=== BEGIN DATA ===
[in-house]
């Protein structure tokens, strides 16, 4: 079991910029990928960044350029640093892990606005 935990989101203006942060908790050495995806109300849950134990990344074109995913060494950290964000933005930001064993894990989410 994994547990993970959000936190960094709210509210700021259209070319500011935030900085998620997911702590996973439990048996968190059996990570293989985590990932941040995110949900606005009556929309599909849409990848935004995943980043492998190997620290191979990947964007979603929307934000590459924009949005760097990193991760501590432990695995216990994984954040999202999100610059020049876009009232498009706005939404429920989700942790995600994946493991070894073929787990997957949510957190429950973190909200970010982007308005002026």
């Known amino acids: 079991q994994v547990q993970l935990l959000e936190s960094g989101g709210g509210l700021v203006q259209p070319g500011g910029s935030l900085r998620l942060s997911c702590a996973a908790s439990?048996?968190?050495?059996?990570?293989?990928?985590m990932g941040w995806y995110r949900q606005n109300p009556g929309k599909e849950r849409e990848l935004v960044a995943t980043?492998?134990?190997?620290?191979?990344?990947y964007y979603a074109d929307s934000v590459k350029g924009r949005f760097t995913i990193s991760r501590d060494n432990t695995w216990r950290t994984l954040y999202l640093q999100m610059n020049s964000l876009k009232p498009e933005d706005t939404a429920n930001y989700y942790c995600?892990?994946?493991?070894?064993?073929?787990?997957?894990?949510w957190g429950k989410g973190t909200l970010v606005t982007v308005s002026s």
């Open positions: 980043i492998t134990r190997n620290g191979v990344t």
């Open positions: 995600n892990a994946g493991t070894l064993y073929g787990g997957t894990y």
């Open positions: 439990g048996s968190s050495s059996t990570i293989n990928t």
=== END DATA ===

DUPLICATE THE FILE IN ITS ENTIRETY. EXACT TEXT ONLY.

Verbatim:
[in-house]
């Protein structure tokens, strides 16, 4: 079991910029990928960044350029640093892990606005 935990989101203006942060908790050495995806109300849950134990990344074109995913060494950290964000933005930001064993894990989410 994994547990993970959000936190960094709210509210700021259209070319500011935030900085998620997911702590996973439990048996968190059996990570293989985590990932941040995110949900606005009556929309599909849409990848935004995943980043492998190997620290191979990947964007979603929307934000590459924009949005760097990193991760501590432990695995216990994984954040999202999100610059020049876009009232498009706005939404429920989700942790995600994946493991070894073929787990997957949510957190429950973190909200970010982007308005002026």
């Known amino acids: 079991q994994v547990q993970l935990l959000e936190s960094g989101g709210g509210l700021v203006q259209p070319g500011g910029s935030l900085r998620l942060s997911c702590a996973a908790s439990?048996?968190?050495?059996?990570?293989?990928?985590m990932g941040w995806y995110r949900q606005n109300p009556g929309k599909e849950r849409e990848l935004v960044a995943t980043?492998?134990?190997?620290?191979?990344?990947y964007y979603a074109d929307s934000v590459k350029g924009r949005f760097t995913i990193s991760r501590d060494n432990t695995w216990r950290t994984l954040y999202l640093q999100m610059n020049s964000l876009k009232p498009e933005d706005t939404a429920n930001y989700y942790c995600?892990?994946?493991?070894?064993?073929?787990?997957?894990?949510w957190g429950k989410g973190t909200l970010v606005t982007v308005s002026s």
């Open positions: 980043i492998t134990r190997n620290g191979v990344t």
């Open positions: 995600n892990a994946g493991t070894l064993y073929g787990g997957t894990y």
């Open positions: 439990g048996s968190s050495s059996t990570i293989n990928t």